SLt Rudee Gaudet, Contributor ~
At Naval Air Station (NAS) Whidbey Island in the San Juan Islands, a group of Royal Canadian Navy (RCN) personnel, embedded with the United States Navy (USN), diligently analyze a continuous flow of acoustic data, as they hunt for the telltale signs of submarines.
Operating out of a secure building dubbed by locals as the “prison” for its secure gates and barbed wire fences, they, along with their USN counterparts, are the eyes and ears of the Pacific Ocean.
The prison is the Naval Ocean Processing Facility Whidbey Island (NOPFWI), one of two highly secure USN Integrated Undersea Surveillance Systems (IUSS) facilities in the United States.
A detachment of 37 Canadian Armed Forces (CAF) personnel, consisting of operators, maintenance technicians, and a support cell, work alongside the USN to accomplish the mission of continuous maritime domain awareness.
To achieve their mission, acoustic data is supplied real-time to the NOPFWI watch floor by permanent acoustic sensors on the ocean floor, allied ships, submarines and long-range anti-submarine aircraft around the world.
“Finding a submarine is a big deal here. The entire team on the watch floor is focused on it. From the ships, planes and acoustic sensors to the watch floor, we are using real-time assets to find and track threat submarines 24-hours a day, 365 days a year,” said MS Angelo Aires, a Sonar Operator nearing the end of his posting at NOPFWI.
The CAF has been directly involved in IUSS with allied nations since the 1950s, with joint USN and CAF acoustic processing facilities in Argentia, Nfld., and Shelburne N.S. These were two of over a dozen such facilities in the early days of IUSS, tracking Soviet submarines in the North Atlantic. The facilities would eventually be shut down following the end of the Cold War with service re-directed to other facilities such as NOPFWI.
The RCN has been co-manning NOPFWI since its beginning in 1987.
“RCN members are highly valued here. They arrive with years of exceptional training and experience under their belt,” said LCdr Graham Collins, Commanding Officer of the Canadian Detachment. “NOPFWI located and tracked many threat submarines last year, and when a threat submarine is found, that information is shared with the Regional Joint Operations Centre Pacific.”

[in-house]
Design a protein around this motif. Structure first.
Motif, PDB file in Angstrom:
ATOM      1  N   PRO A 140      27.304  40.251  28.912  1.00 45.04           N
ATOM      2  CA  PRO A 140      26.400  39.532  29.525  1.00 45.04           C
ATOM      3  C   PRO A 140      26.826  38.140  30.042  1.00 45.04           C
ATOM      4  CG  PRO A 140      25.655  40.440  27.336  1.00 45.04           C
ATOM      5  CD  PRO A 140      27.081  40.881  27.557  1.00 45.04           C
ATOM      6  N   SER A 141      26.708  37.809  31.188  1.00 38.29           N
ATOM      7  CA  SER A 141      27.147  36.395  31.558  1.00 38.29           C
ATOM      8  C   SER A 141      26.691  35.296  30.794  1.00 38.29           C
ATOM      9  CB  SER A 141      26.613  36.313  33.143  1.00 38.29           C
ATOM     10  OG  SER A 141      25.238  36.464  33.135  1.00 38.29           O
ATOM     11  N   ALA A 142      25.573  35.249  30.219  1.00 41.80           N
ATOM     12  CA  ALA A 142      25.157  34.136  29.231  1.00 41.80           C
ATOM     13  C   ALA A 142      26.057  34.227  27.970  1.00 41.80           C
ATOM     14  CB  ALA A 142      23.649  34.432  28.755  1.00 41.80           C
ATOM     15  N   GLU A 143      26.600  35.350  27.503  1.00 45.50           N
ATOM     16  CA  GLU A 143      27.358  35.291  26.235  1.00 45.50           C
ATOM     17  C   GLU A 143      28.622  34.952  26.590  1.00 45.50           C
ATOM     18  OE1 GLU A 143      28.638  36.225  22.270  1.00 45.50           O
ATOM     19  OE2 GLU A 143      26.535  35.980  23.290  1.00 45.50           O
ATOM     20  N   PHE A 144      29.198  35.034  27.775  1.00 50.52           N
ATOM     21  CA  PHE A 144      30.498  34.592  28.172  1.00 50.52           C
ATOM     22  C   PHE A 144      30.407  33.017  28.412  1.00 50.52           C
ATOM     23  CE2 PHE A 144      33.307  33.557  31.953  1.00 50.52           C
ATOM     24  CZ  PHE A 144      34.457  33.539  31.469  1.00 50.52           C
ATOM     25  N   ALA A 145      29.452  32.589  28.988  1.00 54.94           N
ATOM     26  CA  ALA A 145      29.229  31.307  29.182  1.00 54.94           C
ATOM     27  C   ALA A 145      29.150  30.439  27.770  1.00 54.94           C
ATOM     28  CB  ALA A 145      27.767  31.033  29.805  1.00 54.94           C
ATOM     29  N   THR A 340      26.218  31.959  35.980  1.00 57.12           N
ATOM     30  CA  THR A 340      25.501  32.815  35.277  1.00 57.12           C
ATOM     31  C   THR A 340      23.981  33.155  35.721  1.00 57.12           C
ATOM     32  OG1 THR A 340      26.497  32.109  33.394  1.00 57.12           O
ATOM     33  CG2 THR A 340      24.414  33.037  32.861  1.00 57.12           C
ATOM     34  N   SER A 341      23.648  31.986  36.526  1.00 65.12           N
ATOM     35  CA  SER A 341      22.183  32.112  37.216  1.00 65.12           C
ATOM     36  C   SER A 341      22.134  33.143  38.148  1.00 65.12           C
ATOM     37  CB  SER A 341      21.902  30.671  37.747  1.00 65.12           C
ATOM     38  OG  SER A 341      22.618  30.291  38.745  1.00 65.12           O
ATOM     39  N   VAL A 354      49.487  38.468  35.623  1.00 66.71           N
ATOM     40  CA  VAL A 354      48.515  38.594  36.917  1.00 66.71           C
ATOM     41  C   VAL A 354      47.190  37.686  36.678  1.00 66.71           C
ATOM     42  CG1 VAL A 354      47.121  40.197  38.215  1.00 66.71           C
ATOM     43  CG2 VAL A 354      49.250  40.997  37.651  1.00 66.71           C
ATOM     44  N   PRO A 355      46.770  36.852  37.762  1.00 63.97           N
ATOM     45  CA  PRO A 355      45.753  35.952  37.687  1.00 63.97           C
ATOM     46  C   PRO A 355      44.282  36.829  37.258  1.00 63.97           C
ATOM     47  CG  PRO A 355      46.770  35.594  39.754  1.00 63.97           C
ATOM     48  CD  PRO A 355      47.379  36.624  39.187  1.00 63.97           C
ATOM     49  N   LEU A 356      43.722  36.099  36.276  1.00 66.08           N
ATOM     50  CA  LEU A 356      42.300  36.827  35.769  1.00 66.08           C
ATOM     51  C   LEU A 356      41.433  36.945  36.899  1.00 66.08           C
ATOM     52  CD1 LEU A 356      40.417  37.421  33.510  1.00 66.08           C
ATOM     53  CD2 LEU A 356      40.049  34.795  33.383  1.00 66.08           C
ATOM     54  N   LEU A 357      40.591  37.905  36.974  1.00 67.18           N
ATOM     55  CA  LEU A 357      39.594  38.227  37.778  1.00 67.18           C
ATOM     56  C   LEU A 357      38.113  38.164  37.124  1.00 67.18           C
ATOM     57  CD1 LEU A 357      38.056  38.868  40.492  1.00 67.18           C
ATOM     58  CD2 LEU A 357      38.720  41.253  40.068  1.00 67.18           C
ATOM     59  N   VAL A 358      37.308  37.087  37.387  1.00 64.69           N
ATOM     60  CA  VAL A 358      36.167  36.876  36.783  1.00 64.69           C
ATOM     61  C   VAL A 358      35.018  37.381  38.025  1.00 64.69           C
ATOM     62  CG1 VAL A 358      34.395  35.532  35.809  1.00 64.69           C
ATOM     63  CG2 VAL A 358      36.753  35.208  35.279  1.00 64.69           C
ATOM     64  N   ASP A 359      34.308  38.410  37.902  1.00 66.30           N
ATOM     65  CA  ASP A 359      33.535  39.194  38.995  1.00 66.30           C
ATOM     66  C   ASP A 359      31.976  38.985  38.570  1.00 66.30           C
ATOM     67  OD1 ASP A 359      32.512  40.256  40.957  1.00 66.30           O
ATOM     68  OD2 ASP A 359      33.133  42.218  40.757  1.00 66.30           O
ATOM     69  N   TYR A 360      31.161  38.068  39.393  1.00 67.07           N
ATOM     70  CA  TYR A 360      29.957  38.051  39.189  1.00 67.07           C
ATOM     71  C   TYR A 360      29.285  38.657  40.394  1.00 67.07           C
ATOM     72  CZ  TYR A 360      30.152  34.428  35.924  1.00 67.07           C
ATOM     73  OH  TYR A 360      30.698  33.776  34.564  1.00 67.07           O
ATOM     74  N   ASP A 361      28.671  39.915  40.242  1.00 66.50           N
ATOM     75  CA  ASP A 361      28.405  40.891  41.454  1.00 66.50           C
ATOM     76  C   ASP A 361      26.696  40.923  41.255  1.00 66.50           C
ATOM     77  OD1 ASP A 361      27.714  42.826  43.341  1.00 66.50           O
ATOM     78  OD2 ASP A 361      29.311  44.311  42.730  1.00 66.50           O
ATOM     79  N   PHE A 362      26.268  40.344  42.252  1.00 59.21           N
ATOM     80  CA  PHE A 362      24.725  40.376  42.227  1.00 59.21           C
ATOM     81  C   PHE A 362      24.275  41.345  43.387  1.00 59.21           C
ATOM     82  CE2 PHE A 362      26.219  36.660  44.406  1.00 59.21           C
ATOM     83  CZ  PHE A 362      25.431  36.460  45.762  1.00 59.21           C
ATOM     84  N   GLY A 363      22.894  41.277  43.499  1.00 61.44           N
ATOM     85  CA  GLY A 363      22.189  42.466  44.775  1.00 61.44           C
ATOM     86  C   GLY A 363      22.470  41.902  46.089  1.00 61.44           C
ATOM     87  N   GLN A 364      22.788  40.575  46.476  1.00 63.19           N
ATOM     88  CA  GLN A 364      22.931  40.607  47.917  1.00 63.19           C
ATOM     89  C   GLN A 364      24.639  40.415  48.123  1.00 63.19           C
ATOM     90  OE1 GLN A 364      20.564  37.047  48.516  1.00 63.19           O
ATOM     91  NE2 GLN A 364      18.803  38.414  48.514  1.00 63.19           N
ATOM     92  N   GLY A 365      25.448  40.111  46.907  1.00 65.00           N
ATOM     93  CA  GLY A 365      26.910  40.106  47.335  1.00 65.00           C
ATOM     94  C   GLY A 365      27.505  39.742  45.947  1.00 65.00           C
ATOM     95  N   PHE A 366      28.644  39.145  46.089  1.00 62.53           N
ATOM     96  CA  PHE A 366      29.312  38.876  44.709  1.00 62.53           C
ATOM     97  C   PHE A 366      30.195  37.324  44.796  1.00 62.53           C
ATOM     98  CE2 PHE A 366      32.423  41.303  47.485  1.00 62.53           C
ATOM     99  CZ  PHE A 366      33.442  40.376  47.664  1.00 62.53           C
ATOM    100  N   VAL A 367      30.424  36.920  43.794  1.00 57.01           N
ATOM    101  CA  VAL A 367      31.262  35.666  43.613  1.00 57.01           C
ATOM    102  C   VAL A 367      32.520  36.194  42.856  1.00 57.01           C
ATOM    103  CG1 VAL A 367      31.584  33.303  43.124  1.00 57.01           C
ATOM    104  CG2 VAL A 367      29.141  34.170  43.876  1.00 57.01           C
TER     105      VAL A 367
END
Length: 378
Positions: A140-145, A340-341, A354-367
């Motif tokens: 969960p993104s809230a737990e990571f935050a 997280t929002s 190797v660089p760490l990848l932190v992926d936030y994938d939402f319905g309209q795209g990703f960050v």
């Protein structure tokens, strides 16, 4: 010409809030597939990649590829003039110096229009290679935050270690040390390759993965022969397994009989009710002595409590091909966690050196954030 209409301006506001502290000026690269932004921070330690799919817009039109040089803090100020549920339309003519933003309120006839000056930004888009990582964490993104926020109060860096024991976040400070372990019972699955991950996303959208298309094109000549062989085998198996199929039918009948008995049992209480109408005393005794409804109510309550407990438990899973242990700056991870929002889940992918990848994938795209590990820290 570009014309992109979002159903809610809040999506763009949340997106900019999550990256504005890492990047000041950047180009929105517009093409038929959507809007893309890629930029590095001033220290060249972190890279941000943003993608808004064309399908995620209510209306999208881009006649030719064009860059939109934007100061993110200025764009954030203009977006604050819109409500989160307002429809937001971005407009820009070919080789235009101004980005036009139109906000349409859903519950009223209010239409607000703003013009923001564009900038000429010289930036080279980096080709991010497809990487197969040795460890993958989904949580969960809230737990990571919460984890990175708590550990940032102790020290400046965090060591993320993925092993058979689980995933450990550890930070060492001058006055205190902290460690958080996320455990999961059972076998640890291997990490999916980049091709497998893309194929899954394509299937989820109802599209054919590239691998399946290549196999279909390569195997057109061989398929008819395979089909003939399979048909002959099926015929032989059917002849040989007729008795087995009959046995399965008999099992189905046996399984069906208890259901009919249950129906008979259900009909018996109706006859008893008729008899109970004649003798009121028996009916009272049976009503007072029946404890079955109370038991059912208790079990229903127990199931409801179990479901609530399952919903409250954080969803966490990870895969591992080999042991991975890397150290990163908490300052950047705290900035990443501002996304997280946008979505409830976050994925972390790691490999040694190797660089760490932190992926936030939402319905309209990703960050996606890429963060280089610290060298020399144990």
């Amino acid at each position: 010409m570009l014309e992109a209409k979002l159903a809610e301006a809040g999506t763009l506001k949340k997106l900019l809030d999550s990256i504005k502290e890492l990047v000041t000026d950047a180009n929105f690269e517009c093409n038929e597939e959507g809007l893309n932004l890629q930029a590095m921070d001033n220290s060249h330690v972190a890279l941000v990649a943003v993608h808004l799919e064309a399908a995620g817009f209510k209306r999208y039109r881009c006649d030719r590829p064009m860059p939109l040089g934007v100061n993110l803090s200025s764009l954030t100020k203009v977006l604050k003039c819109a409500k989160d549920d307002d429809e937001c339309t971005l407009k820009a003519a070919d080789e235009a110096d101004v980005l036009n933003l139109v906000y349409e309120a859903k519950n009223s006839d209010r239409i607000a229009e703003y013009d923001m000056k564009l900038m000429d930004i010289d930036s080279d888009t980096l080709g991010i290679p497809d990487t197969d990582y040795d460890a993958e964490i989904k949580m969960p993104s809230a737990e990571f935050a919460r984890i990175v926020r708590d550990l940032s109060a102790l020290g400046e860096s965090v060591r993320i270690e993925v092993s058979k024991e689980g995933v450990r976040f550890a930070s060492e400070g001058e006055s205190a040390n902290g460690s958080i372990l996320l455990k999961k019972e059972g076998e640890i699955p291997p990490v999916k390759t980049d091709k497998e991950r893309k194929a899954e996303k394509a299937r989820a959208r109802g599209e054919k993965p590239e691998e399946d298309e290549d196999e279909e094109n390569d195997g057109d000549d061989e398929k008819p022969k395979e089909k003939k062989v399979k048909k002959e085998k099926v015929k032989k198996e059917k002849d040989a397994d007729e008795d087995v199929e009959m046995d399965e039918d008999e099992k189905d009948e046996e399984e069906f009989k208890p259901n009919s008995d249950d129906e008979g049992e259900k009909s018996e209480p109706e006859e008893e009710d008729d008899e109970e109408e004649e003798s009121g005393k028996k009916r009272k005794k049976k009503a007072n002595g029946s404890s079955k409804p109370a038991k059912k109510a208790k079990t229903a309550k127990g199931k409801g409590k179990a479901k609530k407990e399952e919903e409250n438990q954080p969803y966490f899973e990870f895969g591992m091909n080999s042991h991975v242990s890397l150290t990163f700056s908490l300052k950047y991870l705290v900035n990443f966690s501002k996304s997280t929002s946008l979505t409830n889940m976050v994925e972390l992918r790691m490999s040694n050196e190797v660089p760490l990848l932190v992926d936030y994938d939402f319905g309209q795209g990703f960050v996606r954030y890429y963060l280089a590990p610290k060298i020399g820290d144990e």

The majority of the NOPFWI Canadian Detachment consists of 28 Sonar Operators between the ranks of Leading Seaman (LS) and Petty Officer First Class (PO1) and two Maritime Surface and Sub-Surface (MARS) Officers who serve as Tactical Watch Officers. These 30 RCN members are fully integrated with the USN, staffing the watch floor in various positions.
“Sonar operators will start as sensor operators, the first step in the tracking process. They have the opportunity to move up into different roles such as track reporter and watch supervisor throughout their posting,” explains MS Aires who is currently part of a team of six in the Standards and Evaluation Department of NOPFWI, separate from the watch floor. His job is to implement training simulations and assess both USN and RCN operators in their qualifications.
“We (Sonar Operators) come to NOPFWI from an environment of mostly simulated exercises and training in the RCN, so we have a different level of focus and attention to detail when we have the opportunity to track a real target. We will find and track more submarines in a year at NOPFWI then for the rest of our careers in the RCN; it’s an incredibly rewarding challenge.”
The joint manning of NOPFWI is specifically designed to share oceanographic expertise, experience, assets and professional knowledge between the USN and the CAF.
On the East Coast, south of Virginia Beach, is sister site NOPF Dam Neck, where the USN works with the navy, listening to the Atlantic and sharing information with RJOC Atlantic.
When asked about the importance of underwater surveillance, LCdr Collins compared it to the North American Aerospace Defence Command (NORAD).
“The NOPF sites are the NORAD of the Pacific and Atlantic oceans, just as NORAD knows who is flying in our airspace, we know who is sailing under our oceans.”
Filed Under: Top Stories
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